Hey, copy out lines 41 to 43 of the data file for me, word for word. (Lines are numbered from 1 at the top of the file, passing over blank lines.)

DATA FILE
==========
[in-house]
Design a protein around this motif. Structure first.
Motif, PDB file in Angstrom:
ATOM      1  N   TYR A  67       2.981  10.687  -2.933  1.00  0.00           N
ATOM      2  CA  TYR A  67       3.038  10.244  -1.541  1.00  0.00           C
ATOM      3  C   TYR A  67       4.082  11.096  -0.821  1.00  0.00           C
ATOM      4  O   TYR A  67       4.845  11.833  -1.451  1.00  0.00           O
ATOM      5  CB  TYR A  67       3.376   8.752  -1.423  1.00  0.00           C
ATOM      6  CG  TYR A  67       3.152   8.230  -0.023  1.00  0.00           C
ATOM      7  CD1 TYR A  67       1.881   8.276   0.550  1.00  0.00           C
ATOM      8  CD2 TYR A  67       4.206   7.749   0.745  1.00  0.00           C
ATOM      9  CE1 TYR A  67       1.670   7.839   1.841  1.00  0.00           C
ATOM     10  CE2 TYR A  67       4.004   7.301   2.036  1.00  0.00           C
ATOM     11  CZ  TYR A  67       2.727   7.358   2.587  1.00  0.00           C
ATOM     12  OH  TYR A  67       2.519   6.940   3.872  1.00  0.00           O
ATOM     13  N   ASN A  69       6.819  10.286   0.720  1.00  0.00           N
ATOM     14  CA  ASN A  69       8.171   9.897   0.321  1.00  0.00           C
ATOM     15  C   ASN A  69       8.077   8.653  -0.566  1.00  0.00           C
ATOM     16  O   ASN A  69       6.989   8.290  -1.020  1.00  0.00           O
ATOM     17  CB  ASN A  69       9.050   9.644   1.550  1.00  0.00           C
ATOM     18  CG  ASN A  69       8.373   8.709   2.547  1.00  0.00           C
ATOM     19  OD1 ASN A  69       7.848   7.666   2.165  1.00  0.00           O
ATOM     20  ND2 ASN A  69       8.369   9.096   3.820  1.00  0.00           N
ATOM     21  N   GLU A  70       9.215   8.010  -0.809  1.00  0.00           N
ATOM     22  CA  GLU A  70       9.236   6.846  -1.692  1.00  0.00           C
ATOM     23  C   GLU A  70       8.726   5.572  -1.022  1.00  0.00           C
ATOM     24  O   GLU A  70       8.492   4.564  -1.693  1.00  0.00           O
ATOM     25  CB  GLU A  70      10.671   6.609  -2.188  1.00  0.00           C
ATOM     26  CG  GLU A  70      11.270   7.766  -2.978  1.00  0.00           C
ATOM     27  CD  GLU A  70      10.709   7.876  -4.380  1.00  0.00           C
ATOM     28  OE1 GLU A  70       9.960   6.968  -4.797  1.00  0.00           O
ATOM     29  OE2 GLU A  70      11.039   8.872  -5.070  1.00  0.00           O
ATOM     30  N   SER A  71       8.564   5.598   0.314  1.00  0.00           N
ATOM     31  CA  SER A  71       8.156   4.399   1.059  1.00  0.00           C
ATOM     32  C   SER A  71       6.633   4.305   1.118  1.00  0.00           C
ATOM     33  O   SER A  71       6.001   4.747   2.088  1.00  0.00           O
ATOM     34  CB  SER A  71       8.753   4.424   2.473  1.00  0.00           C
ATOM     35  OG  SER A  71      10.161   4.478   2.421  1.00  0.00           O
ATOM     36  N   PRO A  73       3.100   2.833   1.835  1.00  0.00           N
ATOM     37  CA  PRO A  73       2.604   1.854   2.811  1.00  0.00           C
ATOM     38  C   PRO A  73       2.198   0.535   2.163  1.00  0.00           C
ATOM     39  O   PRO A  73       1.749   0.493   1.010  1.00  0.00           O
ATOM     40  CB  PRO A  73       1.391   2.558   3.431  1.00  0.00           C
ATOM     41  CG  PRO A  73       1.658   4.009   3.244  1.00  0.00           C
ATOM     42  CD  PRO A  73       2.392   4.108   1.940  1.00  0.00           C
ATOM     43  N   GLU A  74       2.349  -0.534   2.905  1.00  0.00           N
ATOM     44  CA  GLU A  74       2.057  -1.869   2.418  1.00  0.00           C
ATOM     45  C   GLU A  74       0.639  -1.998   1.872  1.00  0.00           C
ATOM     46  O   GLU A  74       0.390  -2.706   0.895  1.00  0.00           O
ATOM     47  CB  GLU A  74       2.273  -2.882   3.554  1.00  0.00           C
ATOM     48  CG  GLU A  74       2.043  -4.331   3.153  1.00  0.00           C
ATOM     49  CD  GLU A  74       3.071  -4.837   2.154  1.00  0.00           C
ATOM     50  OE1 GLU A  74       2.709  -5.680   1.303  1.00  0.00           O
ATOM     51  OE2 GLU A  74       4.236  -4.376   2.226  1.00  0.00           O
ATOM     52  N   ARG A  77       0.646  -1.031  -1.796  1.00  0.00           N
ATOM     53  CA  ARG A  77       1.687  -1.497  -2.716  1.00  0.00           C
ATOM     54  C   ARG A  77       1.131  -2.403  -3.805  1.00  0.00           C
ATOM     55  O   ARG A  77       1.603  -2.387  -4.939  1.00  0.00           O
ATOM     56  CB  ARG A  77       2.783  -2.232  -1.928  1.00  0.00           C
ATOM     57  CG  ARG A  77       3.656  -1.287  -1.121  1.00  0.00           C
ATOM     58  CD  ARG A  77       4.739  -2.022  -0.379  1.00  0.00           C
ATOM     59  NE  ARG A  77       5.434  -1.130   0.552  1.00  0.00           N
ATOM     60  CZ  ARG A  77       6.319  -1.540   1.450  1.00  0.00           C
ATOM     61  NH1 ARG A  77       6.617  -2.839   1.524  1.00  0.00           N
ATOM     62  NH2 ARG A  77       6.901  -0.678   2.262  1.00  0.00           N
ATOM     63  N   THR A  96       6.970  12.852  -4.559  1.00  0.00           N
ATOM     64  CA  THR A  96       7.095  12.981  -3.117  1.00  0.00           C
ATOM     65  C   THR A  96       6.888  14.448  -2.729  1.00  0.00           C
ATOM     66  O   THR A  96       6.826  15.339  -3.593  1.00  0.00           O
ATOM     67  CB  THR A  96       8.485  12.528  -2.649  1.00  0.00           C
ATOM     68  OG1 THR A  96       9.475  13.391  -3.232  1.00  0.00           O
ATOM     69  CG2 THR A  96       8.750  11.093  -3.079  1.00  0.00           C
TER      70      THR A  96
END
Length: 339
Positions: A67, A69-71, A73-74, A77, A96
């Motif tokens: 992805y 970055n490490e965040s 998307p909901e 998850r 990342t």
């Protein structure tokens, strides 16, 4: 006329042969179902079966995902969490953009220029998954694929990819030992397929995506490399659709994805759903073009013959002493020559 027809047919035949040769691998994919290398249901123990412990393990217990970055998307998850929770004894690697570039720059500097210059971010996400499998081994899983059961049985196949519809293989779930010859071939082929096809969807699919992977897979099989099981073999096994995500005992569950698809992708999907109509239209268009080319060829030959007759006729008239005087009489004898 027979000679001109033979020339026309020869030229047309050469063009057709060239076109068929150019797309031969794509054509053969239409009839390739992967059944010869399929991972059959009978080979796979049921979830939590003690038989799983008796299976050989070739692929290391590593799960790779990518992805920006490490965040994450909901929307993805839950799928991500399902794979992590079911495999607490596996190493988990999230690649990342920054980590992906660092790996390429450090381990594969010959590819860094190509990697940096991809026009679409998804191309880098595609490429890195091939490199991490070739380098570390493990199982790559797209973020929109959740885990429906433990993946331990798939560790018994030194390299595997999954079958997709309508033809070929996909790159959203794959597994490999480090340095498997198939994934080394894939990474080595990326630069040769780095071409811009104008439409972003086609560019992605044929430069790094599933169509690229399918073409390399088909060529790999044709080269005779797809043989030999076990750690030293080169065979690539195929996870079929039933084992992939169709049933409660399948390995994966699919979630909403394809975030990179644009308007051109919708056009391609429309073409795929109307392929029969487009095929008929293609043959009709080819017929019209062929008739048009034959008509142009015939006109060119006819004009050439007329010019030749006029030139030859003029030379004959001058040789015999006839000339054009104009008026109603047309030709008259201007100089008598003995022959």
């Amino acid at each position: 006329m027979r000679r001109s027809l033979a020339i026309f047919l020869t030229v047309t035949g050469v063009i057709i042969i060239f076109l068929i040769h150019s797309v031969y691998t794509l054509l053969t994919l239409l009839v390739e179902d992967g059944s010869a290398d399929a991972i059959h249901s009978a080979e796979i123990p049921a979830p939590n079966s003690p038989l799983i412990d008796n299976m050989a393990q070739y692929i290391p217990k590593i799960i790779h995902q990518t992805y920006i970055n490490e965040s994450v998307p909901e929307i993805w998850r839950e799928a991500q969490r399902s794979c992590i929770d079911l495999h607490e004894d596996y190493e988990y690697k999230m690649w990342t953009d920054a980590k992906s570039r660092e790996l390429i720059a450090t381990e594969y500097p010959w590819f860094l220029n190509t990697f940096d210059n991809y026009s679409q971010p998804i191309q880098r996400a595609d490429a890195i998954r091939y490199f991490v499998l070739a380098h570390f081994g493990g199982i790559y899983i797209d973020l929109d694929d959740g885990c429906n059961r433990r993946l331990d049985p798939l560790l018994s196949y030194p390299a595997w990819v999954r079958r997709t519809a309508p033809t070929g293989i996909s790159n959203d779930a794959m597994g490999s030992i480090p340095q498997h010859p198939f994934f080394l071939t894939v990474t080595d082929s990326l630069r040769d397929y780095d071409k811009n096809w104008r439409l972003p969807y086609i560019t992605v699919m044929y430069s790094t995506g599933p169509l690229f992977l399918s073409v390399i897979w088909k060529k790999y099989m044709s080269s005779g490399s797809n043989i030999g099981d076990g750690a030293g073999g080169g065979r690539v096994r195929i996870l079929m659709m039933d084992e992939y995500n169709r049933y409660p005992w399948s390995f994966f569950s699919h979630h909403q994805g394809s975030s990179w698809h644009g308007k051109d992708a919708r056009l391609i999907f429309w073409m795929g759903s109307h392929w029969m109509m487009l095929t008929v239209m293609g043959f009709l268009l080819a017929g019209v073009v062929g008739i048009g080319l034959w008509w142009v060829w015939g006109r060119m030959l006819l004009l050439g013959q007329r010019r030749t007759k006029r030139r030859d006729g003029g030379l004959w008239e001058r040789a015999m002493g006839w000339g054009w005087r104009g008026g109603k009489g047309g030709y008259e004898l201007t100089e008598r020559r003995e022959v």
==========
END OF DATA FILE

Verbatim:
ATOM     38  C   PRO A  73       2.198   0.535   2.163  1.00  0.00           C
ATOM     39  O   PRO A  73       1.749   0.493   1.010  1.00  0.00           O
ATOM     40  CB  PRO A  73       1.391   2.558   3.431  1.00  0.00           C